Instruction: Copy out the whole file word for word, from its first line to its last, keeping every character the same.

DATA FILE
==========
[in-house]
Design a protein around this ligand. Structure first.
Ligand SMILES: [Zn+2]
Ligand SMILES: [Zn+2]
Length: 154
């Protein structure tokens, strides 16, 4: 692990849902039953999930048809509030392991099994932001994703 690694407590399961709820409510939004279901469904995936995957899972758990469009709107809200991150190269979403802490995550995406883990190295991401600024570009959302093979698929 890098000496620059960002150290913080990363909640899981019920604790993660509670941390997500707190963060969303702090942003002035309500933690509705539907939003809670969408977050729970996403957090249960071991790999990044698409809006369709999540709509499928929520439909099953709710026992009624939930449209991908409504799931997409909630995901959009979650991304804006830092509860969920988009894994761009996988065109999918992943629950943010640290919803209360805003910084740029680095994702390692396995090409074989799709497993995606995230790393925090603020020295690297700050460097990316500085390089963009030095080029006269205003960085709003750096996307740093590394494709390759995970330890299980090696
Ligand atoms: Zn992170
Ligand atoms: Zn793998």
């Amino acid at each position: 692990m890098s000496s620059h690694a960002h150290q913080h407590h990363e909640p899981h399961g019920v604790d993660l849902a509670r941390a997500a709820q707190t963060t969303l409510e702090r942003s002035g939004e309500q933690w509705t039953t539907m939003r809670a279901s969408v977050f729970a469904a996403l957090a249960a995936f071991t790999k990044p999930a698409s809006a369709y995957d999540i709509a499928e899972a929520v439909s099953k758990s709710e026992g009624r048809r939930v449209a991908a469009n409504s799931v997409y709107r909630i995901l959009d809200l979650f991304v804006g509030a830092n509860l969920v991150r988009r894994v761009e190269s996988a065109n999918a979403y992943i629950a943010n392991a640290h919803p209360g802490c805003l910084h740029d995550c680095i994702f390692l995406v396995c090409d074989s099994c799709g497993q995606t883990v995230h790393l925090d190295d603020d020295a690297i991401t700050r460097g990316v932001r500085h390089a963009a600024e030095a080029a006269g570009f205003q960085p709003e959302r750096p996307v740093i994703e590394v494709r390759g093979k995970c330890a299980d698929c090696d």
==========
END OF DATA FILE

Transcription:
[in-house]
Design a protein around this ligand. Structure first.
Ligand SMILES: [Zn+2]
Ligand SMILES: [Zn+2]
Length: 154
């Protein structure tokens, strides 16, 4: 692990849902039953999930048809509030392991099994932001994703 690694407590399961709820409510939004279901469904995936995957899972758990469009709107809200991150190269979403802490995550995406883990190295991401600024570009959302093979698929 890098000496620059960002150290913080990363909640899981019920604790993660509670941390997500707190963060969303702090942003002035309500933690509705539907939003809670969408977050729970996403957090249960071991790999990044698409809006369709999540709509499928929520439909099953709710026992009624939930449209991908409504799931997409909630995901959009979650991304804006830092509860969920988009894994761009996988065109999918992943629950943010640290919803209360805003910084740029680095994702390692396995090409074989799709497993995606995230790393925090603020020295690297700050460097990316500085390089963009030095080029006269205003960085709003750096996307740093590394494709390759995970330890299980090696
Ligand atoms: Zn992170
Ligand atoms: Zn793998």
């Amino acid at each position: 692990m890098s000496s620059h690694a960002h150290q913080h407590h990363e909640p899981h399961g019920v604790d993660l849902a509670r941390a997500a709820q707190t963060t969303l409510e702090r942003s002035g939004e309500q933690w509705t039953t539907m939003r809670a279901s969408v977050f729970a469904a996403l957090a249960a995936f071991t790999k990044p999930a698409s809006a369709y995957d999540i709509a499928e899972a929520v439909s099953k758990s709710e026992g009624r048809r939930v449209a991908a469009n409504s799931v997409y709107r909630i995901l959009d809200l979650f991304v804006g509030a830092n509860l969920v991150r988009r894994v761009e190269s996988a065109n999918a979403y992943i629950a943010n392991a640290h919803p209360g802490c805003l910084h740029d995550c680095i994702f390692l995406v396995c090409d074989s099994c799709g497993q995606t883990v995230h790393l925090d190295d603020d020295a690297i991401t700050r460097g990316v932001r500085h390089a963009a600024e030095a080029a006269g570009f205003q960085p709003e959302r750096p996307v740093i994703e590394v494709r390759g093979k995970c330890a299980d698929c090696d």